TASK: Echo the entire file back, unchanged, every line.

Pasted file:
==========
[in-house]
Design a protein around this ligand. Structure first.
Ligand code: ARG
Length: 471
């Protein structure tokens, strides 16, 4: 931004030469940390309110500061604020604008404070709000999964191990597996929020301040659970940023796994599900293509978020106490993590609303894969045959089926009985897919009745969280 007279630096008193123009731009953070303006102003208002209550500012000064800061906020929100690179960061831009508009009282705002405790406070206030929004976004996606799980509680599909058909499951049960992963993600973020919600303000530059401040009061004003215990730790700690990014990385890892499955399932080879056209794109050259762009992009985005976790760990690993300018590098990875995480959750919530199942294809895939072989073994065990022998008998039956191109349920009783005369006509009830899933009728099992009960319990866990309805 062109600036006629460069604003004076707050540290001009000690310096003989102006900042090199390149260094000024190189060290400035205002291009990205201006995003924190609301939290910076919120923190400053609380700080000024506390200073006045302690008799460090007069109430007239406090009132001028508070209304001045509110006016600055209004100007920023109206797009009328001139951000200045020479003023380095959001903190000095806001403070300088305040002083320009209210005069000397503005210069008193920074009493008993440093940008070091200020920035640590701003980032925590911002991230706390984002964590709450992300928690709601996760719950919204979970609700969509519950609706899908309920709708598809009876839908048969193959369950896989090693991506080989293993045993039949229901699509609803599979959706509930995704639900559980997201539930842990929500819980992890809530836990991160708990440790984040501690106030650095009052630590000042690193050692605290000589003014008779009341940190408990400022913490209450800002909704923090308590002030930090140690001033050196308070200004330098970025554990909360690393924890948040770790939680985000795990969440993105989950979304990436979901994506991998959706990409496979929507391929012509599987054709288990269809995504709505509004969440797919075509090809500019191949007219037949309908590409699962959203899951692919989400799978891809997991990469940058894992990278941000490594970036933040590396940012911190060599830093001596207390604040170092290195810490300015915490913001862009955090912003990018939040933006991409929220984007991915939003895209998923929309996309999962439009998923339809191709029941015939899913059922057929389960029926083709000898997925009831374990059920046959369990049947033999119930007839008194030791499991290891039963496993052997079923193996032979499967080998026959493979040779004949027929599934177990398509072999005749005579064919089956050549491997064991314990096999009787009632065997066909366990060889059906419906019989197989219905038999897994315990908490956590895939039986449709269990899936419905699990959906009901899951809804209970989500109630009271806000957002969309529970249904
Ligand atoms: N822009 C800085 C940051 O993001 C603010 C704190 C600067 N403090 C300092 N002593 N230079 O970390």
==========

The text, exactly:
[in-house]
Design a protein around this ligand. Structure first.
Ligand code: ARG
Length: 471
């Protein structure tokens, strides 16, 4: 931004030469940390309110500061604020604008404070709000999964191990597996929020301040659970940023796994599900293509978020106490993590609303894969045959089926009985897919009745969280 007279630096008193123009731009953070303006102003208002209550500012000064800061906020929100690179960061831009508009009282705002405790406070206030929004976004996606799980509680599909058909499951049960992963993600973020919600303000530059401040009061004003215990730790700690990014990385890892499955399932080879056209794109050259762009992009985005976790760990690993300018590098990875995480959750919530199942294809895939072989073994065990022998008998039956191109349920009783005369006509009830899933009728099992009960319990866990309805 062109600036006629460069604003004076707050540290001009000690310096003989102006900042090199390149260094000024190189060290400035205002291009990205201006995003924190609301939290910076919120923190400053609380700080000024506390200073006045302690008799460090007069109430007239406090009132001028508070209304001045509110006016600055209004100007920023109206797009009328001139951000200045020479003023380095959001903190000095806001403070300088305040002083320009209210005069000397503005210069008193920074009493008993440093940008070091200020920035640590701003980032925590911002991230706390984002964590709450992300928690709601996760719950919204979970609700969509519950609706899908309920709708598809009876839908048969193959369950896989090693991506080989293993045993039949229901699509609803599979959706509930995704639900559980997201539930842990929500819980992890809530836990991160708990440790984040501690106030650095009052630590000042690193050692605290000589003014008779009341940190408990400022913490209450800002909704923090308590002030930090140690001033050196308070200004330098970025554990909360690393924890948040770790939680985000795990969440993105989950979304990436979901994506991998959706990409496979929507391929012509599987054709288990269809995504709505509004969440797919075509090809500019191949007219037949309908590409699962959203899951692919989400799978891809997991990469940058894992990278941000490594970036933040590396940012911190060599830093001596207390604040170092290195810490300015915490913001862009955090912003990018939040933006991409929220984007991915939003895209998923929309996309999962439009998923339809191709029941015939899913059922057929389960029926083709000898997925009831374990059920046959369990049947033999119930007839008194030791499991290891039963496993052997079923193996032979499967080998026959493979040779004949027929599934177990398509072999005749005579064919089956050549491997064991314990096999009787009632065997066909366990060889059906419906019989197989219905038999897994315990908490956590895939039986449709269990899936419905699990959906009901899951809804209970989500109630009271806000957002969309529970249904
Ligand atoms: N822009 C800085 C940051 O993001 C603010 C704190 C600067 N403090 C300092 N002593 N230079 O970390």